The question is often asked, Why did the Japanese win? I reply, because the Japanese had better ships, more of them, better and larger supplies of ammunition, better officers, and as good men. As to the practice, it was on both sides bad; but, as the Japanese have admitted, the Chinese excelled. The Japanese percentage of hits (excluding 6-pounder and lighter projectiles) was about twelve; the Chinese perhaps twenty. But the latter had only three quick-firing guns in action — viz., the Kwang Ping’s 50-pounders. An enormous number of projectiles could have been fired by the enemy. It must not be forgotten that the Japanese had twelve ships against our eight, as the Tsi Yuen and Kwan Chia ran away almost without having fired a shot, while the Chao Yung and Yang Wei were in flames before they had time to do much more.
Admitting freely and heartily the courage of the Japanese crews and the dash of their commanders, I must also say a word for the despised Chinese sailor. The Japanese stood to their guns throughout; but their decks were not almost continuously swept by a storm of missiles, as were those of the Chinese. Had they been, it would have made no difference, I am sure. But owing to our paucity of ships and guns, especially quick-firing guns, they were not often so tried; while on the two ironclads, at least, a shower of missiles searched the upper works almost continuously, yet the men fought on, as a few incidents will show.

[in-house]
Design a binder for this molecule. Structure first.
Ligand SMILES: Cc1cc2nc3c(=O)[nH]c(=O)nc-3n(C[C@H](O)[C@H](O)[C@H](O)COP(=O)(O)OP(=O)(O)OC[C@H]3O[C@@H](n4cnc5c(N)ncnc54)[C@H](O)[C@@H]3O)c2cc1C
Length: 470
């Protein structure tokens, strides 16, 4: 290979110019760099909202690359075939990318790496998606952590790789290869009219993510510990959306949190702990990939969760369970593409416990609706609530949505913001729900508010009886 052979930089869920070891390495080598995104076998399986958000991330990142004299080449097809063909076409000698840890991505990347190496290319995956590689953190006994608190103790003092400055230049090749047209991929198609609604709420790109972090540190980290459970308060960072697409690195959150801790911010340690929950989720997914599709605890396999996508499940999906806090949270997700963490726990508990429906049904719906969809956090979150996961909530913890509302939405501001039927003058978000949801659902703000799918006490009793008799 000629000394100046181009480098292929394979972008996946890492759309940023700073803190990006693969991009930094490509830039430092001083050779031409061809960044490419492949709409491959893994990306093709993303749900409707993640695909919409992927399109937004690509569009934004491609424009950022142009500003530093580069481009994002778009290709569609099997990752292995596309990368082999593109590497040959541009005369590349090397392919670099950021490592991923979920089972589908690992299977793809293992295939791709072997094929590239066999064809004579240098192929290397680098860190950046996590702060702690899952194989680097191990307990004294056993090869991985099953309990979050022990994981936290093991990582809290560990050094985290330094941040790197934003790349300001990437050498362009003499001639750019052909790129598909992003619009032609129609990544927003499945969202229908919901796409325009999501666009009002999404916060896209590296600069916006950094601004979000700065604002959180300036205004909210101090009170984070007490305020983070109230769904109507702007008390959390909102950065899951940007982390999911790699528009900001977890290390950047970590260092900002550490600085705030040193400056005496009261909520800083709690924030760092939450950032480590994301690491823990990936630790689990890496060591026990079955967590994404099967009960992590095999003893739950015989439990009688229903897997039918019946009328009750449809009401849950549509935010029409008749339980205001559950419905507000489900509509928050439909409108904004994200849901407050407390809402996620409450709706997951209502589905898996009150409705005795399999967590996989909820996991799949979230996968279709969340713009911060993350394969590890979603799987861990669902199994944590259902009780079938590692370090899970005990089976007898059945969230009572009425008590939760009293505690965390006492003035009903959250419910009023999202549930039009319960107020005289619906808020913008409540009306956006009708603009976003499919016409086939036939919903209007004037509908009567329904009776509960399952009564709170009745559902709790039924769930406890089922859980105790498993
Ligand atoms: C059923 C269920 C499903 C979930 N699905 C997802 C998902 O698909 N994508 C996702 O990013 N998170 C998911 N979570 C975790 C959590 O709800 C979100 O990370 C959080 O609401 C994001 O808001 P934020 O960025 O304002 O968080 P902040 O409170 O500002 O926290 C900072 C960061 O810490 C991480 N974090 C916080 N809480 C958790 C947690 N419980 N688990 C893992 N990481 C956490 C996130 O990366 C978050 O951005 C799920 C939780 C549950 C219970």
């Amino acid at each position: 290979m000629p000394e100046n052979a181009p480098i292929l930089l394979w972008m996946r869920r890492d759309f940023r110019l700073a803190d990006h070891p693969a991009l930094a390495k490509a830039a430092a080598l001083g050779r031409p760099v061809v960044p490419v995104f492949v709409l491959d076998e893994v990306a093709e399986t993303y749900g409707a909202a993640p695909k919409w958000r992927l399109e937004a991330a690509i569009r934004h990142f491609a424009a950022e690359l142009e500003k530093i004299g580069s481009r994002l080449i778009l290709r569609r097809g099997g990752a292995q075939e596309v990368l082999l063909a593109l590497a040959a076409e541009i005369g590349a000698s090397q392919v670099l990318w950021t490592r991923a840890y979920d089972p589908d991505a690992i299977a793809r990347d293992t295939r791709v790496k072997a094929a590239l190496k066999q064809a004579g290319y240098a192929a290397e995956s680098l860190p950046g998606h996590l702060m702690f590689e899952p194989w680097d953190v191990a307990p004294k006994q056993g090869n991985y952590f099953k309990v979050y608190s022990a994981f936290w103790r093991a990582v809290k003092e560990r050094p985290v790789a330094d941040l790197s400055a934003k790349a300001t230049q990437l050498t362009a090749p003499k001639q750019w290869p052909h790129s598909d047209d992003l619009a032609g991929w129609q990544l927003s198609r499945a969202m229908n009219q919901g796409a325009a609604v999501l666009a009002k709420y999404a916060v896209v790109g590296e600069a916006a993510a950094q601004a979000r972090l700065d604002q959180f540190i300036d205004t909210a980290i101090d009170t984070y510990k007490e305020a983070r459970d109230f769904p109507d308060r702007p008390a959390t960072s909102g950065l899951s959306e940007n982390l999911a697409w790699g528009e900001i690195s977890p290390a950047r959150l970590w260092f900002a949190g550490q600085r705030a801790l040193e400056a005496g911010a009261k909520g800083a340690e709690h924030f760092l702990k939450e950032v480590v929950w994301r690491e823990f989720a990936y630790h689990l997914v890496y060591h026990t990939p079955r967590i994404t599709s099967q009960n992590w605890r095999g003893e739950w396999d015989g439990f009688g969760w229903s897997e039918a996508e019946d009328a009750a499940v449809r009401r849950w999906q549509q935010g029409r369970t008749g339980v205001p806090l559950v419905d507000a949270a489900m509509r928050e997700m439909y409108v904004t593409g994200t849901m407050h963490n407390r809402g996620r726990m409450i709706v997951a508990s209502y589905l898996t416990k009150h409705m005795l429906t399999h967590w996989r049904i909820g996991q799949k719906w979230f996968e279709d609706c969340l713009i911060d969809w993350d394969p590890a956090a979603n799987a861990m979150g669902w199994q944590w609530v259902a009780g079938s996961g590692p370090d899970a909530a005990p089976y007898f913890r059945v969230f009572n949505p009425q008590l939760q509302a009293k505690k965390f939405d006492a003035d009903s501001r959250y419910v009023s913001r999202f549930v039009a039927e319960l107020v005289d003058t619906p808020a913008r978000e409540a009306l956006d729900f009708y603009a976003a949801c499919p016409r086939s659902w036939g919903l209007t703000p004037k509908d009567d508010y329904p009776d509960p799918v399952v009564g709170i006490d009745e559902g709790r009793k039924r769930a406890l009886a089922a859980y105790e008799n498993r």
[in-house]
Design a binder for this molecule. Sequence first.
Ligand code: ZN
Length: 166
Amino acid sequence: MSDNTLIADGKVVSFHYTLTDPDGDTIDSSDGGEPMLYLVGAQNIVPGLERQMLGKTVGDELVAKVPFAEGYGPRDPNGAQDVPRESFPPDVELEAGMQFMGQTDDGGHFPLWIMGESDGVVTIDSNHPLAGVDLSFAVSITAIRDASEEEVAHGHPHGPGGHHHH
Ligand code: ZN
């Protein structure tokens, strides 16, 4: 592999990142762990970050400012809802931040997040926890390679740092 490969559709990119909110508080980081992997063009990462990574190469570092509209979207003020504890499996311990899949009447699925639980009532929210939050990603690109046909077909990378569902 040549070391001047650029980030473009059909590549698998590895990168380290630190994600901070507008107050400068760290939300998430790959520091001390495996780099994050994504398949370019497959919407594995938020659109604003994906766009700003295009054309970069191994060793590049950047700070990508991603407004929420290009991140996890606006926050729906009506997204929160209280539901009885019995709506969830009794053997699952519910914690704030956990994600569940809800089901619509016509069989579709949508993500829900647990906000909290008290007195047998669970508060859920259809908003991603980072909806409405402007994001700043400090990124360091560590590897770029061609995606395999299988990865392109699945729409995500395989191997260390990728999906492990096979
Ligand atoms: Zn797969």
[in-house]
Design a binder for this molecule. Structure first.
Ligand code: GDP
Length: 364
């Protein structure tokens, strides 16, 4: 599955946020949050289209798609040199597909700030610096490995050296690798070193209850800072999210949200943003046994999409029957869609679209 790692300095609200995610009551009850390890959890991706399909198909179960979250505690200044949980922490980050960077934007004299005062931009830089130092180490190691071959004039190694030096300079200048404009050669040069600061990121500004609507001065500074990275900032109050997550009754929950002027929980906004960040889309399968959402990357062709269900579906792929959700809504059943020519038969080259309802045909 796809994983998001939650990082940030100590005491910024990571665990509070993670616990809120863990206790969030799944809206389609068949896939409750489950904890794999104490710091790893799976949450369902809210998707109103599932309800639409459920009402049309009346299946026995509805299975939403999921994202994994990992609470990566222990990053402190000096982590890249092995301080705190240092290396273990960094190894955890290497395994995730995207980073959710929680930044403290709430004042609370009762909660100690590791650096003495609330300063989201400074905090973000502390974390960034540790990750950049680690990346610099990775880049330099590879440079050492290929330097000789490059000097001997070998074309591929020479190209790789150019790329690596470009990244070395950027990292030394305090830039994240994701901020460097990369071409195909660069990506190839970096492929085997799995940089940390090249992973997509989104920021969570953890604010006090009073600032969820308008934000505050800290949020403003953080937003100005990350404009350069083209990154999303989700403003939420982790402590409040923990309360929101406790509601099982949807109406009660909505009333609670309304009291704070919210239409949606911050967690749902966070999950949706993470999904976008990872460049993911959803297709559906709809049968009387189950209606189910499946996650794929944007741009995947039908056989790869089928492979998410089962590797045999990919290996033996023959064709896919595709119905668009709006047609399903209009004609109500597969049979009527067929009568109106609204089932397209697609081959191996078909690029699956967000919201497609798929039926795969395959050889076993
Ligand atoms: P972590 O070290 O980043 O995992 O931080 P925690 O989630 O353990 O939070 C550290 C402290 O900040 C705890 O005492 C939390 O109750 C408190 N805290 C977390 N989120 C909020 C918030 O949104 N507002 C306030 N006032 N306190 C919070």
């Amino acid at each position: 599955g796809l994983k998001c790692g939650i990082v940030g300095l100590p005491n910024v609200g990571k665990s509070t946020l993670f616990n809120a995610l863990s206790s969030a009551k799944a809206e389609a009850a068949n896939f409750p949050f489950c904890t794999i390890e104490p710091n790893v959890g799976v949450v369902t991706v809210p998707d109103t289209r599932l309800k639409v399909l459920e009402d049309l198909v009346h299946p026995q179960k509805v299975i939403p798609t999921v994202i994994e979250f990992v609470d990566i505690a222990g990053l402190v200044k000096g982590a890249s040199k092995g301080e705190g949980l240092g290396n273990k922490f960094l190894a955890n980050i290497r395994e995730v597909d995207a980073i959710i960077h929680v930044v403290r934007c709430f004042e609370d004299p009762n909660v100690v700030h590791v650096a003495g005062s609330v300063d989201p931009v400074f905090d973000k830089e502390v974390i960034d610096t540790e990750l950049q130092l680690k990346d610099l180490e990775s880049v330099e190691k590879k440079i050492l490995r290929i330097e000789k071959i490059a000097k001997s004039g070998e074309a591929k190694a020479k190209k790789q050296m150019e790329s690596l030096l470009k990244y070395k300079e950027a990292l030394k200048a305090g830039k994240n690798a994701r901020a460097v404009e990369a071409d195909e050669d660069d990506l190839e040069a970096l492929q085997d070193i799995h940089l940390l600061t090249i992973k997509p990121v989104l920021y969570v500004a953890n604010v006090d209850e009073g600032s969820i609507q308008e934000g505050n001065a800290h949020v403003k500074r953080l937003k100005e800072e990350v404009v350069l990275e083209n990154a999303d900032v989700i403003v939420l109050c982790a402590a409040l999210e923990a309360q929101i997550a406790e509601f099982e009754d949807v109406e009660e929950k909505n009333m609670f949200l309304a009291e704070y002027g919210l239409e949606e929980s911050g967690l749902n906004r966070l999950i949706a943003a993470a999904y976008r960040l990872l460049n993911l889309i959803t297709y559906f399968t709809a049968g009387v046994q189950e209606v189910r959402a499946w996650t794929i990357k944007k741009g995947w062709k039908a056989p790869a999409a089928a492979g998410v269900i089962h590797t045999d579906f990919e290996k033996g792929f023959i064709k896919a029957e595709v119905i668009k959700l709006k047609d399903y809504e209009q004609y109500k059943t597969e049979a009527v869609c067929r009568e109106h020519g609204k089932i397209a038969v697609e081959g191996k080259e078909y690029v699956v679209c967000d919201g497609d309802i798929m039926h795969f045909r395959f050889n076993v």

The captain of one of the 12-inch guns, while training or laying it, lanyard in hand, had his head dashed, off its fragments striking those about him. As he toppled over, a man on the step below caught his body around the waist, passed it down into the arms of those below, and, catching the lanyard from his stiffening grasp, took his place, corrected the aim, and fired.
A brother of the Chen Yuen’s gunnery lieutenant, a mere lad, had been taken by his brother on board for this cruise, as a change from his home at Wei-Hai-Wei. When the action began the lad took up a station on the barbette, in rear of the guns, eagerly taking the sponge or rammer from the men using them, and passing them back as required, making himself generally useful in whatever way his small body permitted. When his brother (Lieutenant Tsao Kai Cheong) was wounded, he helped pass him below, and after seeing rum bandaged up returned to his work till the fight was over. Wonderful to say, he escaped without a scratch, being probably the only unwounded one of those who had been in the barbette from the first.